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Salt Lake County Working To Improve Vaccine Access For All

SALT LAKE CITY, Utah – As the vaccine rollout continues, residents who are deaf, blind or wheelchair-bound are at a disadvantage for getting appointments and shots.

Debra Mair, executive director for Utah Independent Living Center, experienced the challenges firsthand and spent most of 2020 off the grid. She’s quadriplegic and has been extra cautious with COVID-19 public health guidelines.

In recent weeks, she spent a lot of time trying to get an all-important vaccine appointment.

“You know you wait a really long time. Two hours the first time we tried to call,” Mair said.

At the end of February, she called to make her first vaccine appointment. She found a slot for March 1.

Last weekend she was told her appointment was one of the 7,200 that were canceled following a website glitch. That glitch allowed people who were not qualified for their first vaccination to make an appointment anyway.

Mair’s appointment was canceled even though she was qualified to get the vaccine.

“I got the email and my address was wrong, my name was spelled wrong. So I thought it was someone else. So I called back again,” she said.

She was then told the next appointment would be March 9. The problem with that date was, as KSL first reported, thousands of appointments were left unfilled throughout this week in Salt Lake County.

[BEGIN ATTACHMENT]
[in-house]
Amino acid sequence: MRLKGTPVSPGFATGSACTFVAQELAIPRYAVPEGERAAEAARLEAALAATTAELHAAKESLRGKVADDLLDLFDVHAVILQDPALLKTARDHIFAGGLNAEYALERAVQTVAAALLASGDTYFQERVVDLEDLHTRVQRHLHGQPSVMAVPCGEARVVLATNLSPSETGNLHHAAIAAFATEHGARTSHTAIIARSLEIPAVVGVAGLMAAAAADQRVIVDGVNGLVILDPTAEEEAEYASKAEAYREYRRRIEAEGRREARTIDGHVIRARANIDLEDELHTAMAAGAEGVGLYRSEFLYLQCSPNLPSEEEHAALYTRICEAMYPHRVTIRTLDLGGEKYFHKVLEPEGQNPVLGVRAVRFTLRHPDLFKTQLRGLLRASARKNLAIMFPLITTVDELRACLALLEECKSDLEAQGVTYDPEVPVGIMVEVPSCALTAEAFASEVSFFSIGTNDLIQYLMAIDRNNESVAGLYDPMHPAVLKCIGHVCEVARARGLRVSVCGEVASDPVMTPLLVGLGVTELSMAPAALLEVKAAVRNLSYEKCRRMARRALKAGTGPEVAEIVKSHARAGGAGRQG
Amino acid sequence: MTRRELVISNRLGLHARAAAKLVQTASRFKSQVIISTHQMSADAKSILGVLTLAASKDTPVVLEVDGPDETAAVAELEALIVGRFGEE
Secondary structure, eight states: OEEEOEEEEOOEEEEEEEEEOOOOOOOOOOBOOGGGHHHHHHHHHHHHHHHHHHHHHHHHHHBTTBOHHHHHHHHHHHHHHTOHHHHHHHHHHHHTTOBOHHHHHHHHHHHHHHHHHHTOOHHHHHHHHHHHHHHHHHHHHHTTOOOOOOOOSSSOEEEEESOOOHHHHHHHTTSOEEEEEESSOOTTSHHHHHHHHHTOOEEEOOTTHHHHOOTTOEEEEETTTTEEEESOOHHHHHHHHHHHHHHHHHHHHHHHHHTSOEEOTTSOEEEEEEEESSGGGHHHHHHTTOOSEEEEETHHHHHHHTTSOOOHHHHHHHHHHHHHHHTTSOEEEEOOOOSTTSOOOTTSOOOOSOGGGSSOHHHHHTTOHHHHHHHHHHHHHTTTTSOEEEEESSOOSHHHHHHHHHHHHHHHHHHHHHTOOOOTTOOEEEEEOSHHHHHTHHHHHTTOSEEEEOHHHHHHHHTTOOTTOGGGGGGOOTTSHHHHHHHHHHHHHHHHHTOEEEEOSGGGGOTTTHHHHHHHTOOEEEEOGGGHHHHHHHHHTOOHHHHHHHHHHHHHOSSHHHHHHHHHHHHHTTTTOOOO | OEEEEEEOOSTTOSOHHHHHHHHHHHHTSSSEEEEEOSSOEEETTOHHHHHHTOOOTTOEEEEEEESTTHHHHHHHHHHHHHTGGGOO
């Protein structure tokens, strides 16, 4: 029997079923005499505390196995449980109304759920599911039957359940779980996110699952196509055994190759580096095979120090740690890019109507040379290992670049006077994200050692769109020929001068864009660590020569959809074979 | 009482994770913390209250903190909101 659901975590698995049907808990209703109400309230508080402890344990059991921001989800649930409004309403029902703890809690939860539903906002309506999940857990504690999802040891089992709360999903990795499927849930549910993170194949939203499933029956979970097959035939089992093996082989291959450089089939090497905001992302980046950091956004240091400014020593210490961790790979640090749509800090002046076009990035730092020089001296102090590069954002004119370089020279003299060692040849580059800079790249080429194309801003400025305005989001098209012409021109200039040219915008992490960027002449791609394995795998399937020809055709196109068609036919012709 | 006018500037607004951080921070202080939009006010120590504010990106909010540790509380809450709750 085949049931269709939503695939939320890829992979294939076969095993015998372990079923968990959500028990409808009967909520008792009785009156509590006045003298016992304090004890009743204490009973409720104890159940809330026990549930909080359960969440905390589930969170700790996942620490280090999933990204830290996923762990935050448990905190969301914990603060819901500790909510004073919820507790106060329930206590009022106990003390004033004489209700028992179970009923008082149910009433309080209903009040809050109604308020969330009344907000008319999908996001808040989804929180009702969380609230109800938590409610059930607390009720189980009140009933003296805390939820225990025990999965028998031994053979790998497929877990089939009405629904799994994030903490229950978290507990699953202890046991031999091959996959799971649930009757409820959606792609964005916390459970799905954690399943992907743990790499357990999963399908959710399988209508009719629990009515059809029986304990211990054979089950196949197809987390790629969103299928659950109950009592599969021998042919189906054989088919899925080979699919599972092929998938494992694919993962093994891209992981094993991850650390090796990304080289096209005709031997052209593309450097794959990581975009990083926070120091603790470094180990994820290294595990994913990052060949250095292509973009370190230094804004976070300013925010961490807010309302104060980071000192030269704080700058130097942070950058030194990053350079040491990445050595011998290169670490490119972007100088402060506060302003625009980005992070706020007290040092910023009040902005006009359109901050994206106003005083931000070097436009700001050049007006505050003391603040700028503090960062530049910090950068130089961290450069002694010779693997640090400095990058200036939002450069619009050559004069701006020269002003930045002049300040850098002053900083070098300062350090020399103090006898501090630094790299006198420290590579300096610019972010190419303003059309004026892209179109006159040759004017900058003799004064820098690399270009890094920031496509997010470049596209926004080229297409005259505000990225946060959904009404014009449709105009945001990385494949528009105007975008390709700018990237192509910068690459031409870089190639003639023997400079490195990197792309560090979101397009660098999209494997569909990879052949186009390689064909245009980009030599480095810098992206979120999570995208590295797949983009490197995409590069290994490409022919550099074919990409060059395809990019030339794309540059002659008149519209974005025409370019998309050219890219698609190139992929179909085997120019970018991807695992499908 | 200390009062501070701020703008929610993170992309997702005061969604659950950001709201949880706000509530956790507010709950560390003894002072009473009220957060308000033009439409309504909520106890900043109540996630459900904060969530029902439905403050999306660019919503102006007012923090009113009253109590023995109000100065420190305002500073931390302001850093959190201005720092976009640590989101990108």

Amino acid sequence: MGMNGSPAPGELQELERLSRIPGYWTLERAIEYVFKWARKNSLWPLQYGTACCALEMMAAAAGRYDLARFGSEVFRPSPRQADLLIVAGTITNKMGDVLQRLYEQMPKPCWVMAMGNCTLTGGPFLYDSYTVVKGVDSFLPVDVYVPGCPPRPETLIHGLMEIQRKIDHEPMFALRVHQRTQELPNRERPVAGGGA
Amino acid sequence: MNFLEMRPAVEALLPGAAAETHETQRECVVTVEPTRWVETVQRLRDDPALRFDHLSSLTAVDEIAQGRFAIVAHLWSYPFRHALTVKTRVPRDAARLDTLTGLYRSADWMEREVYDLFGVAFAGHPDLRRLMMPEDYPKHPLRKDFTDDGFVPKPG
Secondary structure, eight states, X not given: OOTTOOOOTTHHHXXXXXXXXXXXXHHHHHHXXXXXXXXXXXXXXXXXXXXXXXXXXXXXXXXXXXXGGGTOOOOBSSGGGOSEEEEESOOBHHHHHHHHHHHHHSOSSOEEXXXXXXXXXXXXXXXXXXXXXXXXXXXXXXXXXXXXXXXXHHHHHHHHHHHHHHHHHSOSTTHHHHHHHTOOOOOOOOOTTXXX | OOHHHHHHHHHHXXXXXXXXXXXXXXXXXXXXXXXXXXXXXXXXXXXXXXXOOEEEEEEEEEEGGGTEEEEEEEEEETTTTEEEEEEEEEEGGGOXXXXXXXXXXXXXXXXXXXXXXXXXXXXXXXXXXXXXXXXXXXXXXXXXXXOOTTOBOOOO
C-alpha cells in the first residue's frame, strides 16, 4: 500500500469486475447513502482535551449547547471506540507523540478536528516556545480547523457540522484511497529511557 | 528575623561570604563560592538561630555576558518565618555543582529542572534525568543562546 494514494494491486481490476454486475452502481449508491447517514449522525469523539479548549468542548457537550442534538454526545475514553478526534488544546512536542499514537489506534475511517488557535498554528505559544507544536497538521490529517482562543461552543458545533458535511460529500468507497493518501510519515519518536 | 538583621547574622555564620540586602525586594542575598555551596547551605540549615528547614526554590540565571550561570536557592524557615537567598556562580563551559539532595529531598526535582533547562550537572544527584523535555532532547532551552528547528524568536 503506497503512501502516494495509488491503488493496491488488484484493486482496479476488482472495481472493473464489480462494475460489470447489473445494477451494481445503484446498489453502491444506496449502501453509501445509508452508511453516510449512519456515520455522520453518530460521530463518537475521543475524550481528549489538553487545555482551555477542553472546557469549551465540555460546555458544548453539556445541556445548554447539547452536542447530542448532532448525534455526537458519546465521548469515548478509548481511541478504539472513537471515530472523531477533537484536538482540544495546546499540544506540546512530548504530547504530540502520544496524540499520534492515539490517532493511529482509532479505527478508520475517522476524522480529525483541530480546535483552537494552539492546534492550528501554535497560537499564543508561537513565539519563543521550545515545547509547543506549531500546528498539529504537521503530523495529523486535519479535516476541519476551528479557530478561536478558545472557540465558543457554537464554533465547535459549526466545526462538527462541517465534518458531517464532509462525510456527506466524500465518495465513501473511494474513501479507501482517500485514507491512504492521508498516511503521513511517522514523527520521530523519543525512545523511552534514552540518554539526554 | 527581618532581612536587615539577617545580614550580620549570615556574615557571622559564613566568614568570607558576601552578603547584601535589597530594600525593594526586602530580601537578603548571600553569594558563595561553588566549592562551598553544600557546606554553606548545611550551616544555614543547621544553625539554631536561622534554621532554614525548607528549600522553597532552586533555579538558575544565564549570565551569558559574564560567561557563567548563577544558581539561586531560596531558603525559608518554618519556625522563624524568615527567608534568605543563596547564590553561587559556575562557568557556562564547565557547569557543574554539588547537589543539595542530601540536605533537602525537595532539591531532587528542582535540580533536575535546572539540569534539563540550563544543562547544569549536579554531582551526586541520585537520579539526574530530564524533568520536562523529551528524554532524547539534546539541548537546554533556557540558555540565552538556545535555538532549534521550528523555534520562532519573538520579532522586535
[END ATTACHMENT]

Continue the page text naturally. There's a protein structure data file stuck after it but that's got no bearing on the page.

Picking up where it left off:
KSL contacted the Salt Lake County Health Department to find out what was going on.

Jill Miller with the health department said, “if you don’t have in-home care, we ask that you contact our aging services with the county and they will work with them to get the vaccine.”

KSL also asked why Mair was not told about the free extra ride services that the county offers. The answer was the county call centers are taught to share that information with people who let the operators know that they have disabilities.

The county called Mair’s case an isolated incident and promised to reach out to her directly.

“One of the things that this has made me realize is that there needs to be more advocacy around ADA and accommodations for people with disabilities,” Mair said.

Mair said she believes county operators are doing their best, but they are overwhelmed with the calls. She hopes the state and county don’t overlook people with disabilities and limitations moving forward.

Free rides are available to get a vaccine for those who blind, deaf or have mobility complications.

You can get more information by calling 385-468-4636.

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